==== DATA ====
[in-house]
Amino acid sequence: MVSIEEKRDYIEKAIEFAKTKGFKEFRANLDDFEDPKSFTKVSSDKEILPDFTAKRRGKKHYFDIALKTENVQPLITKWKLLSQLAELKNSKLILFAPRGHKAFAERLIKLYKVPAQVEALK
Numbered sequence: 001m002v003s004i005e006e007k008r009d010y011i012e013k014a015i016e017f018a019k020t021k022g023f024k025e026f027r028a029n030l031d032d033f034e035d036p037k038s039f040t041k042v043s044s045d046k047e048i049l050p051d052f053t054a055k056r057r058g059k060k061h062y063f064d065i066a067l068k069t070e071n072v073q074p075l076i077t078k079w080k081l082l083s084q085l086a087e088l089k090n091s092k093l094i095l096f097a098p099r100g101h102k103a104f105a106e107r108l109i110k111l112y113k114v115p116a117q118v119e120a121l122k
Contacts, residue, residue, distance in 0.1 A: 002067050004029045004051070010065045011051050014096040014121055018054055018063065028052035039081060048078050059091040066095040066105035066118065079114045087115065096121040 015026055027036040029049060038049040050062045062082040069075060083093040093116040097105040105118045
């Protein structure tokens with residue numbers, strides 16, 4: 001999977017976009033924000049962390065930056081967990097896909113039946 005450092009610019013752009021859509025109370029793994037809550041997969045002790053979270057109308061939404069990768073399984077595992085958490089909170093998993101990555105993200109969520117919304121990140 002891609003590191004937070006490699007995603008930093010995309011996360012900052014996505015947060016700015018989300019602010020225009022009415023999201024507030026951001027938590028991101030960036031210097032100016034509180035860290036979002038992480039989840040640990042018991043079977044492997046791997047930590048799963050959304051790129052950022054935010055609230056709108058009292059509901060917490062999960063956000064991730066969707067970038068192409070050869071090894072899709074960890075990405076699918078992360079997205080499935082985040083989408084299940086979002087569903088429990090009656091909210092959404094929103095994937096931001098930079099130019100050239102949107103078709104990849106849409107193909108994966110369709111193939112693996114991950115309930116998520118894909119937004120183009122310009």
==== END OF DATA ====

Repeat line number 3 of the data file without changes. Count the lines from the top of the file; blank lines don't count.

Numbered sequence: 001m002v003s004i005e006e007k008r009d010y011i012e013k014a015i016e017f018a019k020t021k022g023f024k025e026f027r028a029n030l031d032d033f034e035d036p037k038s039f040t041k042v043s044s045d046k047e048i049l050p051d052f053t054a055k056r057r058g059k060k061h062y063f064d065i066a067l068k069t070e071n072v073q074p075l076i077t078k079w080k081l082l083s084q085l086a087e088l089k090n091s092k093l094i095l096f097a098p099r100g101h102k103a104f105a106e107r108l109i110k111l112y113k114v115p116a117q118v119e120a121l122k